Just a few short weeks ago former professional footballer Adam Yates spent his days organising school holiday activities for children in disadvantaged parts of Stoke-on-Trent. Now he’s busy masterminding the delivery of thousands of emergency meals to many of those very same families.
When it was launched in February last year no one could have predicted what the organisation would become just over a year later.
What started off as a way to offer activities, workshops and meals to children from deprived has become a vital lifeline.
In just the past three days alone Hubb Foundation volunteers have cooked and distributed 2,500 meals. Many of these were packaged up into food parcels to keep entire families fed for two to three days at a time.
Alongside food they deliver sports equipment, clay and activity worksheets to try to keep children engaged with learning.
Adam and his team have attracted donations from big businesses such as JCB, Wrights and Totally Delicious as well as cash donations and have found themselves cooking up 560 kilos of carrots.
Adam, from Werrington, said: “We were organising two to four hour sessions including sports, arts and crafts and other activities, all linked back to the curriculum and including food too. We’ve built up strong links with schools, which meant that many of the connections were already in place when it became clear that help was needed with the coronavirus effort.
“Port Vale Football Club, the Port Vale Foundation and also Synectics Solutions and Summit Hospitality, both owned by Carol and Kevin Shanahan, are also involved, with many members of staff volunteering their support.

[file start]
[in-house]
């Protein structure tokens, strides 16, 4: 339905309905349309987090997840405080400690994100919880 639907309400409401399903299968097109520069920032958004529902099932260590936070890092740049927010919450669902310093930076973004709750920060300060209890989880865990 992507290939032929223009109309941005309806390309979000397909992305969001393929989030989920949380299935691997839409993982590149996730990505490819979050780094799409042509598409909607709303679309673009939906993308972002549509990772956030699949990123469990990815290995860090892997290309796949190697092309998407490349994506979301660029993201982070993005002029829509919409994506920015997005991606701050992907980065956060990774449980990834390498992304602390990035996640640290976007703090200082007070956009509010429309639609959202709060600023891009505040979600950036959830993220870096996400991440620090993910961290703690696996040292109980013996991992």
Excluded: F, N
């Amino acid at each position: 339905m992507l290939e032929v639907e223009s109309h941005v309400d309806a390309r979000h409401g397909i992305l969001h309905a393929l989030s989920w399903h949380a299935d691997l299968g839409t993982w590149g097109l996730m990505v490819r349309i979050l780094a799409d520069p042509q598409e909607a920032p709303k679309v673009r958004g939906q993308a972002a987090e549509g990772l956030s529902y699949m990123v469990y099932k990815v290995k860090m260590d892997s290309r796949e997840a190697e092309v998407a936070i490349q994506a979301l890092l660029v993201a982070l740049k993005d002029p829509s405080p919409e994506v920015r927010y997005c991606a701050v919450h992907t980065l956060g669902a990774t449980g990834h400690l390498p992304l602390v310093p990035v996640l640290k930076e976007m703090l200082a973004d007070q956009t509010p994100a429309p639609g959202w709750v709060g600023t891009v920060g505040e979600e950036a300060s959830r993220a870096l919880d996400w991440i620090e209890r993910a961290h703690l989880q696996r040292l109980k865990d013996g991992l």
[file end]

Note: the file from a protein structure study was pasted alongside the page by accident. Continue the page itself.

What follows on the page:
“We’re trying to support as many different people as we can, and are finding that the number of people needing our helping is increasing week by week. We know the demand is going to increase even further the longer this goes on.
“We’re using fresh food, include plenty of fruit and vegetables, to make meals that people then just need to warm up in the microwave.”
Adam and his team of volunteers were used to meeting children and their families in school or community settings, but now they’re going directly out to their homes.
He said: “I visited one family that had five children. One of those children has a medical condition which meant the whole family has to self-isolate and they’re unable to leave the house to get food. We’ve got a lot of people in that position.
“For some families it’s helpful just to see someone else and to know someone is there and cares. There are a lot of isolated people, a lot of people with their own problems. It means a lot to them when someone goes to drop something off and to check on them.”
Adam, the Shanahans, Port Vale manager John Askey and club players have all been ringing people to offer any support they can.
“Lots of different people from the football club, Hubb Foundation and Carol and Kevin’s businesses are pulling together to do whatever they can. It’s very much a team effort,” he added.
Businesses or individuals who would like to contribute to The Hubb Foundation’s work are asked to contact firstname.lastname@example.org.